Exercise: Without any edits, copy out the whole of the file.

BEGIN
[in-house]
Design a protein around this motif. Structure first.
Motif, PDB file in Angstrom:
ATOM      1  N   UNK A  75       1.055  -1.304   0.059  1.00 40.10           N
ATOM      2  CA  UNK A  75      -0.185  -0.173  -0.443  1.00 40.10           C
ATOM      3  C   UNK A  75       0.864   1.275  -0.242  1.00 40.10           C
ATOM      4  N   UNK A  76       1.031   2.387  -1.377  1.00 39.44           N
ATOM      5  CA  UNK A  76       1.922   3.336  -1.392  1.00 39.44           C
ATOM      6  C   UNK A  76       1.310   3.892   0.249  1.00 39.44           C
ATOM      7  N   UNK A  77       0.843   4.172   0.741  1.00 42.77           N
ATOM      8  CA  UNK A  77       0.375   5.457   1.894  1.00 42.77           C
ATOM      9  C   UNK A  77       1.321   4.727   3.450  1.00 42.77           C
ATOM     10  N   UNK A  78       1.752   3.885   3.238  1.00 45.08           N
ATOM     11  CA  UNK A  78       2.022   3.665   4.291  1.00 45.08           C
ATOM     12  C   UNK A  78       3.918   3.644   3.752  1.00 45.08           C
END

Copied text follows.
[in-house]
Design a protein around this motif. Structure first.
Motif, PDB file in Angstrom:
ATOM      1  N   UNK A  75       1.055  -1.304   0.059  1.00 40.10           N
ATOM      2  CA  UNK A  75      -0.185  -0.173  -0.443  1.00 40.10           C
ATOM      3  C   UNK A  75       0.864   1.275  -0.242  1.00 40.10           C
ATOM      4  N   UNK A  76       1.031   2.387  -1.377  1.00 39.44           N
ATOM      5  CA  UNK A  76       1.922   3.336  -1.392  1.00 39.44           C
ATOM      6  C   UNK A  76       1.310   3.892   0.249  1.00 39.44           C
ATOM      7  N   UNK A  77       0.843   4.172   0.741  1.00 42.77           N
ATOM      8  CA  UNK A  77       0.375   5.457   1.894  1.00 42.77           C
ATOM      9  C   UNK A  77       1.321   4.727   3.450  1.00 42.77           C
ATOM     10  N   UNK A  78       1.752   3.885   3.238  1.00 45.08           N
ATOM     11  CA  UNK A  78       2.022   3.665   4.291  1.00 45.08           C
ATOM     12  C   UNK A  78       3.918   3.644   3.752  1.00 45.08           C